2. Use of spatial information on land use, topography and climate to improve ecotoxicological modelling of the environmental fates of chemicals in New Zealand.
  3. Chemical fate in compost and/or bio solids – characterising hazardous substances in commercially produced compost/biosolids.
  4. Review the use of social impact assessment in consenting processes in New Zealand.   
  5. Examine the potential entry of veterinary medicines and pasture herbicides into our waterways.
  6. Optimisation of methodology for detection of metabolites from common pesticide that are likely persistent and mobile.
  7. Provide monitoring data for bird life around New Zealand specific cropping systems to help the EPA refine our avian exposure models.
  8. Monitoring of antifouling paint biocide residues (including paint flakes) in marina environments to create a baseline to measure the effectiveness of the 2013 antifouling reassessment over time.

Kauri Protection priorities – Biosecurity NZ - Tiakina Kauri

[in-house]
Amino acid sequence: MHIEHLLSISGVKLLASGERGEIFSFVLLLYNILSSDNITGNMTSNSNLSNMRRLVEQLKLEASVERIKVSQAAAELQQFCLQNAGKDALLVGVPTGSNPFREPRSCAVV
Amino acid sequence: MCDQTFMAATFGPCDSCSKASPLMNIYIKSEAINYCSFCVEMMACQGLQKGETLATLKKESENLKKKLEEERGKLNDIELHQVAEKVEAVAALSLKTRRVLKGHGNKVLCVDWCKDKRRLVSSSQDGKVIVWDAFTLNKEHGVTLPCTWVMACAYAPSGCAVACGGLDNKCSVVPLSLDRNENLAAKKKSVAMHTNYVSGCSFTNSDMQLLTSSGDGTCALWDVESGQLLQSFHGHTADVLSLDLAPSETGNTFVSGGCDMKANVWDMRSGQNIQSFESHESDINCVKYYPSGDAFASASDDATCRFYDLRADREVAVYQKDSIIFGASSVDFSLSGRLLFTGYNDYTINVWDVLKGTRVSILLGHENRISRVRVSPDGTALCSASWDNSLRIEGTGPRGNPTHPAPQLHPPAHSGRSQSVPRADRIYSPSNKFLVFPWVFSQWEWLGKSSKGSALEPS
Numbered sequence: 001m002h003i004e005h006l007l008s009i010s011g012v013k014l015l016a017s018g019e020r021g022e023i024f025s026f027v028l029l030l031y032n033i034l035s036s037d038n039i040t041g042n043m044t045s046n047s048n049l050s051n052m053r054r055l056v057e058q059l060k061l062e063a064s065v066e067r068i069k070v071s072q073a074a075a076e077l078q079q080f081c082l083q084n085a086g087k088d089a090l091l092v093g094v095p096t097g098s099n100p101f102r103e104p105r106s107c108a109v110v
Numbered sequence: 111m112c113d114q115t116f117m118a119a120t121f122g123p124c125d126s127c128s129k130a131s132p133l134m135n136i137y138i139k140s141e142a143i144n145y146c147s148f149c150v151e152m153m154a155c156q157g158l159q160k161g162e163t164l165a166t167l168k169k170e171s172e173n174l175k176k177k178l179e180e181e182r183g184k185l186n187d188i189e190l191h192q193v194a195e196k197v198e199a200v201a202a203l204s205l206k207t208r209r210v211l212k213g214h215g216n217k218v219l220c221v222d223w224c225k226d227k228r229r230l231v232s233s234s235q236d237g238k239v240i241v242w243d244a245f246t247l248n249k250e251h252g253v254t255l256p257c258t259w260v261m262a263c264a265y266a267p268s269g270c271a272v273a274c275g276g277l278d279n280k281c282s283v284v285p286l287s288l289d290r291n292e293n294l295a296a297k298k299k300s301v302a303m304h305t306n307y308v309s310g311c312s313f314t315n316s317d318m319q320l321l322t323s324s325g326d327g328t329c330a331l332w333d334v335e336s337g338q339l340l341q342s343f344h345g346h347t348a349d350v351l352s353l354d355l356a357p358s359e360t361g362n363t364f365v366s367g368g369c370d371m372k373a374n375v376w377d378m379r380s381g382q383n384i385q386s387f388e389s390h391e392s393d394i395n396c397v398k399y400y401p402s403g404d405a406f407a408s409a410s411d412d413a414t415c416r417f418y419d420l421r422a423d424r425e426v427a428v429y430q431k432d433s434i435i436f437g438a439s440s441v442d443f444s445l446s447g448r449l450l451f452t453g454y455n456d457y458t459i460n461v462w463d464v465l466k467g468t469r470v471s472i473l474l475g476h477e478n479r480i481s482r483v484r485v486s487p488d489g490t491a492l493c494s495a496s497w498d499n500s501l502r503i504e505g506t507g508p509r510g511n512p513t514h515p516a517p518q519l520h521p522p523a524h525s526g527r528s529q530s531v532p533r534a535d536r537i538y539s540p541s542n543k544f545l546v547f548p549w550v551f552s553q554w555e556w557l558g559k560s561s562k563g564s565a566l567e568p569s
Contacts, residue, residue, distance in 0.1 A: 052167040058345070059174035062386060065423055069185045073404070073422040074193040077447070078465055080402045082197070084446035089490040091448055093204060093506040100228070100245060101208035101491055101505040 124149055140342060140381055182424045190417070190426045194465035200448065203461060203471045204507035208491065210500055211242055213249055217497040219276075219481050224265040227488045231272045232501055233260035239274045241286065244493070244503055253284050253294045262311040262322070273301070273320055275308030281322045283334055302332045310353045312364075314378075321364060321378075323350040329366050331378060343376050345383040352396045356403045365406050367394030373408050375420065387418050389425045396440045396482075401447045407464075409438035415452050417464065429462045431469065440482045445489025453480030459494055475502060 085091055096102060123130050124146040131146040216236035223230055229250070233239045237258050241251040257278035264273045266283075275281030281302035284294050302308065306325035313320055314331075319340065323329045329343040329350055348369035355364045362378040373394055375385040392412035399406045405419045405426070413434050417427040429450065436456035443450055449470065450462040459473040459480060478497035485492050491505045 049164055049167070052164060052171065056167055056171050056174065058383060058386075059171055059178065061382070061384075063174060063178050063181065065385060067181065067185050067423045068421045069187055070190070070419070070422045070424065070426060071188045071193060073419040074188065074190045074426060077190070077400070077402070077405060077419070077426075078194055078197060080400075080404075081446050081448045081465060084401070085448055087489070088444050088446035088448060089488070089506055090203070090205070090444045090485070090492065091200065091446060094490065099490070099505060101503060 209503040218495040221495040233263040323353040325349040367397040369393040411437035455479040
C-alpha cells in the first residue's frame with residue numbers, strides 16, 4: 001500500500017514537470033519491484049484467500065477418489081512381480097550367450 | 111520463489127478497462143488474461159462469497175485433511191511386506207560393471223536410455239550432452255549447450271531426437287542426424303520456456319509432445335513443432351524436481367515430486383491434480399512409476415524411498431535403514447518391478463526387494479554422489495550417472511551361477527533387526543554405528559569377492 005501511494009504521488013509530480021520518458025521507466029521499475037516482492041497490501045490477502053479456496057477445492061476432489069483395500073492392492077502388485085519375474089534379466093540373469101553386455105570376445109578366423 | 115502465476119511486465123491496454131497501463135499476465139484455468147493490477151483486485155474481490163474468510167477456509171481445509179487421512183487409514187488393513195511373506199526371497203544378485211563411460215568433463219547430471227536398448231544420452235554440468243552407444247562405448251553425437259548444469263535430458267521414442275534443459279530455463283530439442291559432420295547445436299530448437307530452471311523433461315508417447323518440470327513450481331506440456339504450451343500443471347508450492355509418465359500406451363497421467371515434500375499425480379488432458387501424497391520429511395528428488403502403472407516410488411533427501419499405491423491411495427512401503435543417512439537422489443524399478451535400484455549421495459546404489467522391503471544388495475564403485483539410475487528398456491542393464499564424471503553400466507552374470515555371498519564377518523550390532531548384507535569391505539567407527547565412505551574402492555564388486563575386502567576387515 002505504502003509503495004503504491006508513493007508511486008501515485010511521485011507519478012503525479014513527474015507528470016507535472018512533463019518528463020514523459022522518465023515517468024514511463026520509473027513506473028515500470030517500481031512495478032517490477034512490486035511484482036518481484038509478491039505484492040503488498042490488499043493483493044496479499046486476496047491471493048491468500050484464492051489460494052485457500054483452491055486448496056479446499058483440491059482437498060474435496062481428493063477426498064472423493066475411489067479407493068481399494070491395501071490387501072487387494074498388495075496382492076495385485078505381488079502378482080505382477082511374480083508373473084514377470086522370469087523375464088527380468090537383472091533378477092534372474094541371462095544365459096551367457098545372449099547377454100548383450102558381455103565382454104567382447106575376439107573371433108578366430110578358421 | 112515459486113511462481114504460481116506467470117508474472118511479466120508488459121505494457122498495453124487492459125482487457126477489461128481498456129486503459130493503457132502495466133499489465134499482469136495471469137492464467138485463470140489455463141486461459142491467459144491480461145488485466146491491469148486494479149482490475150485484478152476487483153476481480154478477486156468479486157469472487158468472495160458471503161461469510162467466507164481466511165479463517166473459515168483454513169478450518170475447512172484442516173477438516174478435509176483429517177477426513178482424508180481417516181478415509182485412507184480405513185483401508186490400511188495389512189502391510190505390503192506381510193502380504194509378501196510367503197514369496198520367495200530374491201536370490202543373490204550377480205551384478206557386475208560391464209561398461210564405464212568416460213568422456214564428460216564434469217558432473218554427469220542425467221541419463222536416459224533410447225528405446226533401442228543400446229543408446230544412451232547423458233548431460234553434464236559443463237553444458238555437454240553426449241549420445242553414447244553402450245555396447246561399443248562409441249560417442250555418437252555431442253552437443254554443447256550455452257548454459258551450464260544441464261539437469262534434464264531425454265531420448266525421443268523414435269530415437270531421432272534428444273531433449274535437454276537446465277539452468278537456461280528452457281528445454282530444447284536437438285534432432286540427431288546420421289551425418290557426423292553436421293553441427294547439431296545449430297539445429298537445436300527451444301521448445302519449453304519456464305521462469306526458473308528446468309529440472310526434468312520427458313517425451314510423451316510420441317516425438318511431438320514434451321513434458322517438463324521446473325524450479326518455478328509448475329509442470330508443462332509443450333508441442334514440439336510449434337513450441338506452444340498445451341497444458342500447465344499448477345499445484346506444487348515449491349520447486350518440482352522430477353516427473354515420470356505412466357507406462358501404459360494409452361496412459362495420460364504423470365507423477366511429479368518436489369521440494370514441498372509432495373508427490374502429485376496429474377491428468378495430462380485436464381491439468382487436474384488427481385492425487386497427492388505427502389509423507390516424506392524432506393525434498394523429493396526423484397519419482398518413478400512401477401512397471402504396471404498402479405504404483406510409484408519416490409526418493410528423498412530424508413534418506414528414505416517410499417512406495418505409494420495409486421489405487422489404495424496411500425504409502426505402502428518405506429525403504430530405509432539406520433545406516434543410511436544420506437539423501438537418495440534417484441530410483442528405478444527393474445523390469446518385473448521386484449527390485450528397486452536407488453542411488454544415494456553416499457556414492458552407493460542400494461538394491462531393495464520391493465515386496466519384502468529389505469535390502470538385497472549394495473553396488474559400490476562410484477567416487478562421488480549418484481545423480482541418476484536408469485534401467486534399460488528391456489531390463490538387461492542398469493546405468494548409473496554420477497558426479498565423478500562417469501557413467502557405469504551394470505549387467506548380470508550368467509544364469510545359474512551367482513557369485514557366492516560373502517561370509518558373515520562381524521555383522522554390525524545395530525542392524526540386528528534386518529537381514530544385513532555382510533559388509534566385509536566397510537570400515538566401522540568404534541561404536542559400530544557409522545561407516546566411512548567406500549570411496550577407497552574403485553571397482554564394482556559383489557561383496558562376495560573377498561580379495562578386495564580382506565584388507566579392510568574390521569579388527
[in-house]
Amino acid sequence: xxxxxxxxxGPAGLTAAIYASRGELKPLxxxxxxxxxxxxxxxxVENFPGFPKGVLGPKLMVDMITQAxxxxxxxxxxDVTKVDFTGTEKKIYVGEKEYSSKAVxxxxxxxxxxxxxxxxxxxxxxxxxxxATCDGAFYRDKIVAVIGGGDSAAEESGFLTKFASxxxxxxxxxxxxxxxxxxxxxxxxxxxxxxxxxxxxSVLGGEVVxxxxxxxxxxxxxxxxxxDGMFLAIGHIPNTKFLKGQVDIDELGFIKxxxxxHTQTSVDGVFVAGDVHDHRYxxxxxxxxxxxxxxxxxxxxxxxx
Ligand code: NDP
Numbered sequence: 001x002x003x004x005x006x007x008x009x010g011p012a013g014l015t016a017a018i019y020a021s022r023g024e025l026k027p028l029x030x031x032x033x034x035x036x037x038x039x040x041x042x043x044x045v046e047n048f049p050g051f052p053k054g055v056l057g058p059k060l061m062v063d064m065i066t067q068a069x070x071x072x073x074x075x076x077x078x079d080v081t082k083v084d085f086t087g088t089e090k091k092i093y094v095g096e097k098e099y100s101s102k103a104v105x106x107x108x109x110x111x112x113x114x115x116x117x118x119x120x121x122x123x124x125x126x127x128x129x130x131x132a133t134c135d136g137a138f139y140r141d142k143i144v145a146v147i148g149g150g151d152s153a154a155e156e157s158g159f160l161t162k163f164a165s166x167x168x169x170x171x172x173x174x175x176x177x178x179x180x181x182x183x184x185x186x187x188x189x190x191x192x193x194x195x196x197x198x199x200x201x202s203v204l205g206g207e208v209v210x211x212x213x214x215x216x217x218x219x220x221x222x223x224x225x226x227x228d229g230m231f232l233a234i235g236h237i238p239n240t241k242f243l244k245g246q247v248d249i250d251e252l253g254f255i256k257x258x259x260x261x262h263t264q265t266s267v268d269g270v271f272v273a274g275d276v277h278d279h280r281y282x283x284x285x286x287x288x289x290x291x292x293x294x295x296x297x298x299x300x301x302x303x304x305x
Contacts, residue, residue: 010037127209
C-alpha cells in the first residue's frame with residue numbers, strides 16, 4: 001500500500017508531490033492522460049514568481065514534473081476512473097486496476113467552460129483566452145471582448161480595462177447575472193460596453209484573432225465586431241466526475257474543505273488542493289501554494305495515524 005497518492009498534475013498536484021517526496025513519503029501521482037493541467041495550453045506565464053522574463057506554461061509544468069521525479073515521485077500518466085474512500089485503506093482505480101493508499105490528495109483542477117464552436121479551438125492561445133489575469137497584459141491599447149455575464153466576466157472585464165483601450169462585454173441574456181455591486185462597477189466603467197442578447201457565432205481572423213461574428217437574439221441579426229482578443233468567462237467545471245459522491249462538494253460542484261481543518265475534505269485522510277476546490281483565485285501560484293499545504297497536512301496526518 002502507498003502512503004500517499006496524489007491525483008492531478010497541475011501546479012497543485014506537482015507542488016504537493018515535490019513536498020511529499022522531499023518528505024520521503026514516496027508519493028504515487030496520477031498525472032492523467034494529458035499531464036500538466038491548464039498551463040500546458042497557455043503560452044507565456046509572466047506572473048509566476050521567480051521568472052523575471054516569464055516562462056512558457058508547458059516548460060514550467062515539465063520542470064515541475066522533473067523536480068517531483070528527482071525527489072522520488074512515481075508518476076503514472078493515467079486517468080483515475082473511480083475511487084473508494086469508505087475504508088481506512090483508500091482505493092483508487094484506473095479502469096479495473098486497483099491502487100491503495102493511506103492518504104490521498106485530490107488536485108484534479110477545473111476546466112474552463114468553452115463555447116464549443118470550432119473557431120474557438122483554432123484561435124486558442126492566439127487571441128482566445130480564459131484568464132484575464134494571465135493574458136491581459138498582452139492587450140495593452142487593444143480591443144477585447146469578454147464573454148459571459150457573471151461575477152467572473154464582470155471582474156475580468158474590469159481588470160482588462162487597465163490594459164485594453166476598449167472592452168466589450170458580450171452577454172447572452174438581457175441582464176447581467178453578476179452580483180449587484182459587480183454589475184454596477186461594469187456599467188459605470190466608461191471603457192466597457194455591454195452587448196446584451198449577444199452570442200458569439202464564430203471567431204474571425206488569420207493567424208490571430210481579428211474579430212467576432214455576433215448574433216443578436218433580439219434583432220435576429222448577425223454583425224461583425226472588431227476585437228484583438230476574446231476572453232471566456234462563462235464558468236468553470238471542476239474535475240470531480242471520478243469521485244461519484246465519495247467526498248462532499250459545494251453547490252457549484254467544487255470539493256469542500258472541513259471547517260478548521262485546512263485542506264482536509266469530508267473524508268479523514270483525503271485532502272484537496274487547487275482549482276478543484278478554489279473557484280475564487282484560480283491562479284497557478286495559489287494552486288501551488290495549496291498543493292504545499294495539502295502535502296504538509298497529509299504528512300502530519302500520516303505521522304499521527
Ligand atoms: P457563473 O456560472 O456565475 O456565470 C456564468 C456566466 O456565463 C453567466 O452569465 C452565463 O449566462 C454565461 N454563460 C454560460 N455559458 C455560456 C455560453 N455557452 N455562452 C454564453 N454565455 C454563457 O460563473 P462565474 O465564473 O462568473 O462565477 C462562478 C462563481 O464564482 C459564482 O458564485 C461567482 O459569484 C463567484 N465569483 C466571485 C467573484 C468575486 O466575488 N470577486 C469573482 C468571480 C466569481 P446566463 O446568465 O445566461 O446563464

Funding will be offered to applicants in the following thematic areas related to building a bridge between research and operational management for the protection of kauri.

  1. Surveillance, detection, diagnostics and pathways of the pathogen Phytophthora agathidicida and disease of kauri
  2. Biology of kauri, kauri forests and Phytophthora agathidicida
  3. Ecosystem impacts of Phytophthora agathidicida and diseased kauri
  4. Te Ao Māori approaches to understanding and managing Phytophthora agathidicida and disease of kauri
  5. Building public/community engagement and social license specific to kauri ora goals
  6. Control and management of Phytophthora agathidicida and disease of kauri.